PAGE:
Because of their varying roles (which will consequently result in different working hours and work settings), the salaries for NPs and CNLs are different, though they are more comparable to each other than a registered nurse salary.
Nurse practitioners earn a median salary of $103,880 per year, with the highest earners bringing in $145,630.
Surprisingly, the role of clinical nurse leader earns slightly less, with the median average wage at around $84,000. Keep in mind, however, that this is a comparatively new role, and that the exact duties of a CNL are still in flux more than an NP.
In addition, because CNLs are being asked to develop new health policies to improve patient outcomes, there is an expectation that their salaries will rise in accordance with their success.
The respective roles of CNLs and NPs do require different personalities, though the two are comparable. The biggest difference has to do with your particular ability to work independently.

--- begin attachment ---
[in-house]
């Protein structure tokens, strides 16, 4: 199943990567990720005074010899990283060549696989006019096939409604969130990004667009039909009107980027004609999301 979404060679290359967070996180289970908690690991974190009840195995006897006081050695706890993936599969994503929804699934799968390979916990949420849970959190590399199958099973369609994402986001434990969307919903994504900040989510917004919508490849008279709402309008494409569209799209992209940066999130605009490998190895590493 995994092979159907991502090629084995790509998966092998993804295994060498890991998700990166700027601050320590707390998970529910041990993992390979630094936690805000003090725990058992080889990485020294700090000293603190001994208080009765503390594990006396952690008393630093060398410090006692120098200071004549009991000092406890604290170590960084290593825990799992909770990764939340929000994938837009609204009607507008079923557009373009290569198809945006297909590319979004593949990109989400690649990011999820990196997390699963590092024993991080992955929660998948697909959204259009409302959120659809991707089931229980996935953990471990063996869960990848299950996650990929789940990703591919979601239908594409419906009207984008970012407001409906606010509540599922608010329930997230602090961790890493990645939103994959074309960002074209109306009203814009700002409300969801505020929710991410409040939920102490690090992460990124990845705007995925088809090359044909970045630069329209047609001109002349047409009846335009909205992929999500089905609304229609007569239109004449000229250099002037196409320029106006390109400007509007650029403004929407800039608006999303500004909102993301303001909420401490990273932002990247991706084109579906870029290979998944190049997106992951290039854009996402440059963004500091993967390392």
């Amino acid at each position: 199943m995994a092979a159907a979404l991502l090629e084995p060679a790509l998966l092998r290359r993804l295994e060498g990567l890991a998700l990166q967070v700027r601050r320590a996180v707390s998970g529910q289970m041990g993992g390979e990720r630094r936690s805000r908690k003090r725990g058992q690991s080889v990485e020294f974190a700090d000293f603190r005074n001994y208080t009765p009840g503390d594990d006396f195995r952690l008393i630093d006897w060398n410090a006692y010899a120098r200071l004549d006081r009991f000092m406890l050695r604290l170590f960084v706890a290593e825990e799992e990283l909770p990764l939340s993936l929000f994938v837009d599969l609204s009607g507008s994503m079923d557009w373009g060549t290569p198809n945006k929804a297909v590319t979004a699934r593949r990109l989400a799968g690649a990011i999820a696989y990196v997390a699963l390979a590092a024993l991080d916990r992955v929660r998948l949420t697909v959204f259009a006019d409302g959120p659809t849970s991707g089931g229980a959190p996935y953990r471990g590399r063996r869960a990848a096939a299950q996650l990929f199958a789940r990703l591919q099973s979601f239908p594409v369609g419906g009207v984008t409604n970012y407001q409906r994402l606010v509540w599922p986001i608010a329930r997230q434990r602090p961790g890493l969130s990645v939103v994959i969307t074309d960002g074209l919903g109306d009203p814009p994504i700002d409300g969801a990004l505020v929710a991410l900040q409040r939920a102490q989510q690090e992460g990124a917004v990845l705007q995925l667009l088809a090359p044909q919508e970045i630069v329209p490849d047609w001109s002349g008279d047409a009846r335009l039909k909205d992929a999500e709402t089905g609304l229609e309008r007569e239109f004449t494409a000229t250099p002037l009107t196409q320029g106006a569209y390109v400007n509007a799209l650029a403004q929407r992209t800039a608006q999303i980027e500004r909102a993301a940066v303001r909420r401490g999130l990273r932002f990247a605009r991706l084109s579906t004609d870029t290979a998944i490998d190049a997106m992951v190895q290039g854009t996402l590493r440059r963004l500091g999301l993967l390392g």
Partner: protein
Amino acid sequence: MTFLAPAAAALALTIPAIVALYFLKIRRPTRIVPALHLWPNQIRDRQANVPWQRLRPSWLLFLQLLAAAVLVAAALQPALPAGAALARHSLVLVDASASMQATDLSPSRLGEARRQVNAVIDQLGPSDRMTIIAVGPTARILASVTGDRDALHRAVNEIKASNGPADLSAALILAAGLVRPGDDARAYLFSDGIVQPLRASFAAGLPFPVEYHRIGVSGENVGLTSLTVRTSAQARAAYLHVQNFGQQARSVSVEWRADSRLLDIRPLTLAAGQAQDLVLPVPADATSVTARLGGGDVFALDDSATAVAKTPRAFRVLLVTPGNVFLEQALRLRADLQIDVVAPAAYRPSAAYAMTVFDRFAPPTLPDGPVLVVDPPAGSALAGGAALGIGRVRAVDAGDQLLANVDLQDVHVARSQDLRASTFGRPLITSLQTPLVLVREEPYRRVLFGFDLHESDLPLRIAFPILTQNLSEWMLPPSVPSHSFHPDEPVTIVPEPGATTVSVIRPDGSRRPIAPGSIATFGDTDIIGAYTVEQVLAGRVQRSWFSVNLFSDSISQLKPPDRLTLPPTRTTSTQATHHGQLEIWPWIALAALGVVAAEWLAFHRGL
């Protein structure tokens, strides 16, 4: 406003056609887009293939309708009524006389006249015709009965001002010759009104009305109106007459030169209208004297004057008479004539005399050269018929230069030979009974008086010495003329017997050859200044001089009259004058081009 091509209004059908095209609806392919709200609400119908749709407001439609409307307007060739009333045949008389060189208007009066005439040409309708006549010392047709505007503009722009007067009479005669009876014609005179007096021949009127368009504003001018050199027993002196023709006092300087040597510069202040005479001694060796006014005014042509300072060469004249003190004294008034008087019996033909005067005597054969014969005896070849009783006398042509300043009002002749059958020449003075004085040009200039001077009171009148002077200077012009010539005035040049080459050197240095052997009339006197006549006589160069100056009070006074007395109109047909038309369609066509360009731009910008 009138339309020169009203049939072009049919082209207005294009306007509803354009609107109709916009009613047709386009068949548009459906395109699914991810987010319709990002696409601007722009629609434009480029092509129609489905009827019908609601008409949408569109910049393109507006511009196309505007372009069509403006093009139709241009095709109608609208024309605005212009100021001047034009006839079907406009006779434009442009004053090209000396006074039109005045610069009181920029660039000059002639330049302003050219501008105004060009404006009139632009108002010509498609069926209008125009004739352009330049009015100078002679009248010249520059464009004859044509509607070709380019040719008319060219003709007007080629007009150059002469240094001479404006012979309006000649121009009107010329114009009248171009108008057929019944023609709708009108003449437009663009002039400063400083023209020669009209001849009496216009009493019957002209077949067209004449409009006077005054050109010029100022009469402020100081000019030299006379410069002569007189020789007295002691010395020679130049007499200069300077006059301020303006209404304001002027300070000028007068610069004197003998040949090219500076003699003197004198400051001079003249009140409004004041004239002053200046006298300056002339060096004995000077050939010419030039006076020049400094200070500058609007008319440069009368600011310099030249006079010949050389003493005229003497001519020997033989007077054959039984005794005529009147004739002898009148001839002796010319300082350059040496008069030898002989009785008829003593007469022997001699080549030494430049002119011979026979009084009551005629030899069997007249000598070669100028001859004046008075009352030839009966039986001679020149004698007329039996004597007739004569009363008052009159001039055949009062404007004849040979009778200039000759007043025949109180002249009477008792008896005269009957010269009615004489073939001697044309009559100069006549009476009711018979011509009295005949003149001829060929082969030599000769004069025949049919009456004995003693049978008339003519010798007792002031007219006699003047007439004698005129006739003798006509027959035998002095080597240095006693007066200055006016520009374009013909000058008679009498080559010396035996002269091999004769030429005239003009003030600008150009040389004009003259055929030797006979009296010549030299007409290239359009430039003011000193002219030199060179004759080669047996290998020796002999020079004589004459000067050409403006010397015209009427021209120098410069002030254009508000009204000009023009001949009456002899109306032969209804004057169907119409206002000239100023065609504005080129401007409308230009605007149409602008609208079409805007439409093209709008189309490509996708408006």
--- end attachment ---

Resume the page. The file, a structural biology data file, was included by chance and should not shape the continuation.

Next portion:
Nurse practitioners often work in a private practice with little or no supervision, which means that above all they must be meticulously organized and able to successfully work independently. As with all nurses, they also need to be able to interact well with patients, requiring great listening skills and empathy.
Clinical nurse leaders place more emphasis on the leadership role. Because of this, the most successful CNLs are analytical thinkers who can identify trends from patient data, spot key emerging trends in research, and identify new techniques and technologies could most benefit their unit.
As such, they need a great attention to detail, excellent listening skills, and an ability to balance individual patient outcomes with the larger picture of the whole unit.
Ready to Become a CNL?
Ready to take control of your role in healthcare and start your training?
Whether you decide to become a nurse practitioner or a clinical nurse leader, you can make a real difference in patients’ lives.
Wherever you are in the process of becoming a CNL, we’ve got your back.